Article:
Office Hours Fall 2019/Spring 2020: On sabbatical
Ph.D., University of Virginia M.A., University of Chicago B.A., University of Virginia
The Problem of Profit: Finance and Feeling in Eighteenth-Century British Literature, The University of Virginia Press, October, 2019
Attacks against the pursuit of profit in eighteenth-century Britain have been largely read as reactions against market activity in general or as critiques of financial innovation. In The Problem of Profit, however, I contend that such rejections of profit derive not from a distaste for moneymaking itself but from a distaste for individualism.
In the aftermath of the late seventeenth-century Financial Revolution, literature linked the concept of sympathy to the public-minded economic ideals of the past to resist the rising individualism of capitalism. This study places literary works at the center of eighteenth-century debates about how to harmonize exchanges of feeling and exchanges of finance, highlighting representations of communitarian, affective profit-making in georgic poetry as well as in the work of Joseph Addison, Daniel Defoe, Richard Steele, Sarah Fielding, Henry Fielding, David Hume, Samuel Johnson, and Laurence Sterne, among others. Investigating commercial treatises, novels, poetry, periodicals, and philosophy, Genovese argues that authors conjured alternatives to private accumulation that might counter the isolating tendencies of impersonal exchange.
However, even as emotional language and economic language arose together in the 1700s, the attendant aspiration to form a communitarian economy in Britain was not fulfilled. By recovering an approach to moneymaking that failed to thrive, The Problem of Profit argues for the relevance of an unfamiliar narrative of capitalistic thought to today’s anxiety over the discord between personal ambition and public good.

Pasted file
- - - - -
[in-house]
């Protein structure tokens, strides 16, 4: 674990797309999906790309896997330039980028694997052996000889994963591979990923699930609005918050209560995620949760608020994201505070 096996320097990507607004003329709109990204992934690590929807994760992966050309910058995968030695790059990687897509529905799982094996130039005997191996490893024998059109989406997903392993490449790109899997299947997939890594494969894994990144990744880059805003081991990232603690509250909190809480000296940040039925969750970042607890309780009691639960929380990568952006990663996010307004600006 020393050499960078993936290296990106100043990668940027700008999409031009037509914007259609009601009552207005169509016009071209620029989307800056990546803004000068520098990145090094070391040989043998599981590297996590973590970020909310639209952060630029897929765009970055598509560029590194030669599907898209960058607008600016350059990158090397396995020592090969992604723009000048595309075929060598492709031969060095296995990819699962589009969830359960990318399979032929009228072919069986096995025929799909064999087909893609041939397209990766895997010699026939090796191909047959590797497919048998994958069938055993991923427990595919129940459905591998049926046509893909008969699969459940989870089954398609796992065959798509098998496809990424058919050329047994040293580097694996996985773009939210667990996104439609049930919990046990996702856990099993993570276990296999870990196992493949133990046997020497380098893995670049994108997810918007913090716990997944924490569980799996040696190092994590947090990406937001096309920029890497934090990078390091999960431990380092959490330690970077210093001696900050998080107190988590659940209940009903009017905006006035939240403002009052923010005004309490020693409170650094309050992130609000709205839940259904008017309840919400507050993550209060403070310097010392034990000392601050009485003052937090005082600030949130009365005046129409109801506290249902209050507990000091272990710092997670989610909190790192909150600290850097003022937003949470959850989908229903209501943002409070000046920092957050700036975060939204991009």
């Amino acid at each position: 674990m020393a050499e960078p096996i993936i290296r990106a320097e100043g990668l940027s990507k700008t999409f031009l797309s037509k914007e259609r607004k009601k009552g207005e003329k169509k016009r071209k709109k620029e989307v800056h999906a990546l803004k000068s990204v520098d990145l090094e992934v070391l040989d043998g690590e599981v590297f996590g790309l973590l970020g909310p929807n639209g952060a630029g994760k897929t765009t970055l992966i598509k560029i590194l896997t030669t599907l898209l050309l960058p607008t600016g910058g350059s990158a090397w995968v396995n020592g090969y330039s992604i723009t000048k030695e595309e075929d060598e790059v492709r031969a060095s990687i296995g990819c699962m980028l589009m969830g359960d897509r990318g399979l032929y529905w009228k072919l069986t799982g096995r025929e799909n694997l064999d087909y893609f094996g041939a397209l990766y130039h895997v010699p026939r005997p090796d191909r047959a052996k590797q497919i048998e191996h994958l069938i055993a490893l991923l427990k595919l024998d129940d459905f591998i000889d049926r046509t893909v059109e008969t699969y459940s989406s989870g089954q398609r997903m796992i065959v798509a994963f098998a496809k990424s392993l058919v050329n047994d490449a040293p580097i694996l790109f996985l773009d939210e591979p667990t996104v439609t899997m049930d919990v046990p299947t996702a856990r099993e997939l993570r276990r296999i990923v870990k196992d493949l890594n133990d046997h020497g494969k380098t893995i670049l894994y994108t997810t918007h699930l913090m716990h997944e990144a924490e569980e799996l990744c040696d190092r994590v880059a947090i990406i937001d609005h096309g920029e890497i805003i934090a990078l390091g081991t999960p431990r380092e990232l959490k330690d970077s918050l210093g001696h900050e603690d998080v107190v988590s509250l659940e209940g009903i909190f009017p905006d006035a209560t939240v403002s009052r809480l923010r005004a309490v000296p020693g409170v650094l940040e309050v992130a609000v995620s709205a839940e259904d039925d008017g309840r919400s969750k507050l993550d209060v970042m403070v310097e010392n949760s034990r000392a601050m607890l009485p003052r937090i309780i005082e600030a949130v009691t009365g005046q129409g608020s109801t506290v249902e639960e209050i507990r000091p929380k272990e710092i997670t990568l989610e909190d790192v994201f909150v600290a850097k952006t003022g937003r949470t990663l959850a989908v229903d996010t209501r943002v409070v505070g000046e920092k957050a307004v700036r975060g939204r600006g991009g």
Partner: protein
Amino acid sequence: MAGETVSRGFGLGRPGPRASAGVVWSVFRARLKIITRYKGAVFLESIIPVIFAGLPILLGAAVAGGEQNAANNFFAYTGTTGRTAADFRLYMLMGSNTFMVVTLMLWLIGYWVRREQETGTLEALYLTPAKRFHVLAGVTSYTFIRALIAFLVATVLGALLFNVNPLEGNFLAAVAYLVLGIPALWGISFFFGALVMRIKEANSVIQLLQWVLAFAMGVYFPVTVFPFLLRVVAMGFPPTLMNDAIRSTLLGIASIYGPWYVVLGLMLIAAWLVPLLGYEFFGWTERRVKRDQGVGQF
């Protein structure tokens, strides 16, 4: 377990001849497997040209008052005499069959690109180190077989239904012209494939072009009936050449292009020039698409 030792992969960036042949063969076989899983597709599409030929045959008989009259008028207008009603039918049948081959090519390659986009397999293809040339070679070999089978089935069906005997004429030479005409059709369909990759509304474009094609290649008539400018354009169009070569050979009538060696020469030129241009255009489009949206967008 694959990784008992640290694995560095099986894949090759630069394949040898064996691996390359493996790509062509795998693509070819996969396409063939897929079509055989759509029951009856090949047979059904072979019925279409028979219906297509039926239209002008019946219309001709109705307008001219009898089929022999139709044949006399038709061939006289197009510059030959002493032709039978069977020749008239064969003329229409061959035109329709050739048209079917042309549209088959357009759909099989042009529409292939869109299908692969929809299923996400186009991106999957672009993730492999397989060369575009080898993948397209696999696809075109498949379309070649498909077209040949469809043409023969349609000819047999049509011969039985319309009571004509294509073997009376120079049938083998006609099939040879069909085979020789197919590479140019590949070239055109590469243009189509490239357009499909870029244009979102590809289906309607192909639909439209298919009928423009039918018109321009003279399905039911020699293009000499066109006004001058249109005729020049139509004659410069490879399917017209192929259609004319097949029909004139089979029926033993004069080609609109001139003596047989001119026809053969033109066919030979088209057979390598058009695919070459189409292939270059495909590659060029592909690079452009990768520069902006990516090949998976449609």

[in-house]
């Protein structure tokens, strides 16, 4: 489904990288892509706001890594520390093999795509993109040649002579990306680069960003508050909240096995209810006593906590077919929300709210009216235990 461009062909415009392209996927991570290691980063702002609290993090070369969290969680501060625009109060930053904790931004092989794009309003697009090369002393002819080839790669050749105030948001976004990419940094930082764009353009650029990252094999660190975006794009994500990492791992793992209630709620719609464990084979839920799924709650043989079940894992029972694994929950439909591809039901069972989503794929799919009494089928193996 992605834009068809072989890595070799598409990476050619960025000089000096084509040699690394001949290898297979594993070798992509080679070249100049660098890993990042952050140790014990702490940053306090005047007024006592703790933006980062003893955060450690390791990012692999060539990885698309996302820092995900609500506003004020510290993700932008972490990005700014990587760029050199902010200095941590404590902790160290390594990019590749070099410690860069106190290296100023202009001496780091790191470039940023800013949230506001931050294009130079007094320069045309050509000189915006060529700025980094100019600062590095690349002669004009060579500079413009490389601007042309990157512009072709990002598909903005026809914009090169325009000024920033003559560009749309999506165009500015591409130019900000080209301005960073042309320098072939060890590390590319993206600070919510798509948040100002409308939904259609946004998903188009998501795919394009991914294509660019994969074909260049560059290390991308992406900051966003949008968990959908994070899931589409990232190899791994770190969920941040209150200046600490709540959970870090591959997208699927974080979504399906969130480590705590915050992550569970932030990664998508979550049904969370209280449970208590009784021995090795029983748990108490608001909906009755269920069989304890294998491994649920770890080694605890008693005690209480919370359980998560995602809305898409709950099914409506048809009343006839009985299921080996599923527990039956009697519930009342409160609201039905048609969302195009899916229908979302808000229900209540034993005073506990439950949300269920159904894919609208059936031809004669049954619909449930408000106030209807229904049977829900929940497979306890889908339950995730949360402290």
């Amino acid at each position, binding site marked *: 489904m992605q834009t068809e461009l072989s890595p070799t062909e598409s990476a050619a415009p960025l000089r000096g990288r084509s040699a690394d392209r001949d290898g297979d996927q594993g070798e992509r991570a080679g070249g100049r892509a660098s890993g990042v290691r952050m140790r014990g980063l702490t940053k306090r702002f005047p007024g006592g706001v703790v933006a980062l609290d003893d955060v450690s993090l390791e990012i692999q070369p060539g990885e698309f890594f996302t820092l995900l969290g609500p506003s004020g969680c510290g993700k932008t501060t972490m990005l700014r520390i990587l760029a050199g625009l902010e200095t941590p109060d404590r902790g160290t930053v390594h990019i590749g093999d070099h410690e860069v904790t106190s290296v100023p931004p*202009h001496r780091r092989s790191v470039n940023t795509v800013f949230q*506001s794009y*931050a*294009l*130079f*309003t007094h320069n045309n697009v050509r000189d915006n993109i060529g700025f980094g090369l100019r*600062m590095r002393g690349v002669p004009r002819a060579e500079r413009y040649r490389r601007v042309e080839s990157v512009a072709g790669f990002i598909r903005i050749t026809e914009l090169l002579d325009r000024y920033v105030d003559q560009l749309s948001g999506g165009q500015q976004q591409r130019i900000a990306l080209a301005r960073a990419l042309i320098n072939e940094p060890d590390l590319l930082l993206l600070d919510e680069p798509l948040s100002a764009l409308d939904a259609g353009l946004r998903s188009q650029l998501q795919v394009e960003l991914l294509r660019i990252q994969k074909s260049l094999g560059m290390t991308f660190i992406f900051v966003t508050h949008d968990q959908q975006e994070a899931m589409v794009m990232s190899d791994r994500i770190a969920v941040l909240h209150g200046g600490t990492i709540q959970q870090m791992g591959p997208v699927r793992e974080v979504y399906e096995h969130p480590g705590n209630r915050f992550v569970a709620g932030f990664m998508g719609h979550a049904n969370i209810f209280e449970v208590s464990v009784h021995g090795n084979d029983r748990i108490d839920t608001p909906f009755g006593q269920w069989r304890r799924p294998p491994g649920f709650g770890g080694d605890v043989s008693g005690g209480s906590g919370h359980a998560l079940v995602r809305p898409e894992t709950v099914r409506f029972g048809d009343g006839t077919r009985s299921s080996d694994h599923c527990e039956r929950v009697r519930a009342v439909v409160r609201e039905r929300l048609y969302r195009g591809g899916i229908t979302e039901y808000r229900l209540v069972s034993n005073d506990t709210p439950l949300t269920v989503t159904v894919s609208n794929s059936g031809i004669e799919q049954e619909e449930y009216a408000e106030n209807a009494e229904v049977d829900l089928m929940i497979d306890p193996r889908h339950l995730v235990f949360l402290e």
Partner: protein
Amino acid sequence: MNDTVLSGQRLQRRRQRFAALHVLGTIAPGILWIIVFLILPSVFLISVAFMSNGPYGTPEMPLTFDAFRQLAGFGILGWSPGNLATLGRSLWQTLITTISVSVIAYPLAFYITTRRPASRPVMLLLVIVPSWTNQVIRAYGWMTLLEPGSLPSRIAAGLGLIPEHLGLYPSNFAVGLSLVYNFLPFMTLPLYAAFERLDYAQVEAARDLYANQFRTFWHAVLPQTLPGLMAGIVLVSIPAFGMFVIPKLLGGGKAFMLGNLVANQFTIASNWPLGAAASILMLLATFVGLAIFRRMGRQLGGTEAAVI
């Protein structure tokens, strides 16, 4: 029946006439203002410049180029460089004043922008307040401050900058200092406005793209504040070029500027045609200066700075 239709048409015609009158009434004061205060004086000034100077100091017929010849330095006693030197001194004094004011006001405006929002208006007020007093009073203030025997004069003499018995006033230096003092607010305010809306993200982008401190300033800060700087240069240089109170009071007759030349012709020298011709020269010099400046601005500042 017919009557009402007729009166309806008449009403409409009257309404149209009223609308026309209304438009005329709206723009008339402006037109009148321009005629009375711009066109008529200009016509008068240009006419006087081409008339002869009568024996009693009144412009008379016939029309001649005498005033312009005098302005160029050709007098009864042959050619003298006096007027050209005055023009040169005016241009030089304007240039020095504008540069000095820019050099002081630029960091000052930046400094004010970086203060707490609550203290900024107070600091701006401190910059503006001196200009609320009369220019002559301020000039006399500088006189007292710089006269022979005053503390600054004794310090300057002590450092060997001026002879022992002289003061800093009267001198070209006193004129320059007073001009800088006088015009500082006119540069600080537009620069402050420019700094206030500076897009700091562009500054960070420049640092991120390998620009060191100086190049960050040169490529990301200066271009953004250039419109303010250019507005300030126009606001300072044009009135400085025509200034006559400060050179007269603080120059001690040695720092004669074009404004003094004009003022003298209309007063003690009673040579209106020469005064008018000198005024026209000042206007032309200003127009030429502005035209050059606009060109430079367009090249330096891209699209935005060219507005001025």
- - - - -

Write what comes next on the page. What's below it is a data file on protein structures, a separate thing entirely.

Selected Research Fellowships
National Endowment for the Humanities Summer Stipend
Andrew W. Mellon Foundation Fellow, The Huntington Library
Midwest Modern Language Association Fellow, The Newberry Library
American Society for Eighteenth-Century Studies (ASECS) Fellow, William Andrews Clark Memorial Library
Visiting Fellow, Chawton House Library
University of Virginia
The Problem of Profit: Finance and Feeling in Eighteenth-Century British Literature, University of Virginia Press, 2019
“Middlemen and Marriage in Mary Davys’s The Reform’d Coquet,” SEL: Studies in English Literature 54.3 (Summer 2014): 555-584.
“‘A Mixture of Bad in All’: The Character(s) of Self-Interest in Sarah Fielding’s David Simple,” forthcoming in The Age of Johnson 22 (2012)
“An Organic Commerce: Sociable Selfhood in Eighteenth-Century Georgic,” forthcoming in Eighteenth-Century Studies
“‘Profess as Much as I’: Dignity as Authority in the Poetry of Sarah Fyge Egerton,” The Eighteenth Century: Theory and Interpretation 52:1-2 (Spring-Summer 2010): 45-66.
Review of Raving at Usurers: Anti-Finance and the Ethics of Uncertainty in England, 1690-1750, by Dwight Codr, Studies in the Novel (forthcoming)
Review of The Invention of English Criticism, 1650-1760, by Michael Gavin, The Eighteenth Century: Theory and Interpretation (forthcoming)
Review of Anna Seward and the End of the Eighteenth Century, by Claudia Thomas Kairoff, New Perspectives on the Eighteenth Century (2013): 103-4
Review of Collecting Women: Poetry and Lives 1700-1780, by Chantel M. Lavoie, forthcoming in The Eighteenth Century: Theory and Interpretation
Review of Sentimental Figures of Empire in Eighteenth-Century Britain and France, by Lynn Festa, The Eighteenth-Century Novel 6-7(2009): 536-38.